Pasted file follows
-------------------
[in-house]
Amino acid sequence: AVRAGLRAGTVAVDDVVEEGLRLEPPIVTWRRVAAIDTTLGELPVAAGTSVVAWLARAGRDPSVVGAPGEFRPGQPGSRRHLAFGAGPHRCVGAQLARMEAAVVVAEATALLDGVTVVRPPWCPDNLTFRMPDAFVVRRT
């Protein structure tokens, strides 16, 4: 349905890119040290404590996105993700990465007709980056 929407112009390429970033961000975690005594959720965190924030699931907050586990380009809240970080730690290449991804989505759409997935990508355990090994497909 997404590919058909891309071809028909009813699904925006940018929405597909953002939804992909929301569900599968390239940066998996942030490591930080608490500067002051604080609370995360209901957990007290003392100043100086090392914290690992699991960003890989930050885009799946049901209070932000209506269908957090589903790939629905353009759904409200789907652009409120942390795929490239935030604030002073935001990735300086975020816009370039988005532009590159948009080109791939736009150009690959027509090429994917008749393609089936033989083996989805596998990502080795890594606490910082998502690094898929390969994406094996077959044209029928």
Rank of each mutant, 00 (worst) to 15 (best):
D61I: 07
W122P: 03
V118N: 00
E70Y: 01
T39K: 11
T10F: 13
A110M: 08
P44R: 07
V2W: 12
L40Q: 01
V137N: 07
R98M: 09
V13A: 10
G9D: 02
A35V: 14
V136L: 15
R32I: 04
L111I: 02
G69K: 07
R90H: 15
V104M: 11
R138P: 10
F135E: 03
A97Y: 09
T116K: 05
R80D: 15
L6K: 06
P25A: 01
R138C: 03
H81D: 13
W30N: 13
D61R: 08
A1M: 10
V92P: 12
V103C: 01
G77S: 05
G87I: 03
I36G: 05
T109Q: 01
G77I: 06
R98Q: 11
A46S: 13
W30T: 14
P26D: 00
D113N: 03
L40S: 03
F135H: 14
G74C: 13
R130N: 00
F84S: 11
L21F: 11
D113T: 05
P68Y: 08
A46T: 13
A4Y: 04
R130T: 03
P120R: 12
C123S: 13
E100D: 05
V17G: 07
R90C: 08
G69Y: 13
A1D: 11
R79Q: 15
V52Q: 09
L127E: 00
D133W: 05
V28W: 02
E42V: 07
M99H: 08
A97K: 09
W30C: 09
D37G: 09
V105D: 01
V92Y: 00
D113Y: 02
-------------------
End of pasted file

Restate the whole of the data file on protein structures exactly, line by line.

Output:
[in-house]
Amino acid sequence: AVRAGLRAGTVAVDDVVEEGLRLEPPIVTWRRVAAIDTTLGELPVAAGTSVVAWLARAGRDPSVVGAPGEFRPGQPGSRRHLAFGAGPHRCVGAQLARMEAAVVVAEATALLDGVTVVRPPWCPDNLTFRMPDAFVVRRT
């Protein structure tokens, strides 16, 4: 349905890119040290404590996105993700990465007709980056 929407112009390429970033961000975690005594959720965190924030699931907050586990380009809240970080730690290449991804989505759409997935990508355990090994497909 997404590919058909891309071809028909009813699904925006940018929405597909953002939804992909929301569900599968390239940066998996942030490591930080608490500067002051604080609370995360209901957990007290003392100043100086090392914290690992699991960003890989930050885009799946049901209070932000209506269908957090589903790939629905353009759904409200789907652009409120942390795929490239935030604030002073935001990735300086975020816009370039988005532009590159948009080109791939736009150009690959027509090429994917008749393609089936033989083996989805596998990502080795890594606490910082998502690094898929390969994406094996077959044209029928």
Rank of each mutant, 00 (worst) to 15 (best):
D61I: 07
W122P: 03
V118N: 00
E70Y: 01
T39K: 11
T10F: 13
A110M: 08
P44R: 07
V2W: 12
L40Q: 01
V137N: 07
R98M: 09
V13A: 10
G9D: 02
A35V: 14
V136L: 15
R32I: 04
L111I: 02
G69K: 07
R90H: 15
V104M: 11
R138P: 10
F135E: 03
A97Y: 09
T116K: 05
R80D: 15
L6K: 06
P25A: 01
R138C: 03
H81D: 13
W30N: 13
D61R: 08
A1M: 10
V92P: 12
V103C: 01
G77S: 05
G87I: 03
I36G: 05
T109Q: 01
G77I: 06
R98Q: 11
A46S: 13
W30T: 14
P26D: 00
D113N: 03
L40S: 03
F135H: 14
G74C: 13
R130N: 00
F84S: 11
L21F: 11
D113T: 05
P68Y: 08
A46T: 13
A4Y: 04
R130T: 03
P120R: 12
C123S: 13
E100D: 05
V17G: 07
R90C: 08
G69Y: 13
A1D: 11
R79Q: 15
V52Q: 09
L127E: 00
D133W: 05
V28W: 02
E42V: 07
M99H: 08
A97K: 09
W30C: 09
D37G: 09
V105D: 01
V92Y: 00
D113Y: 02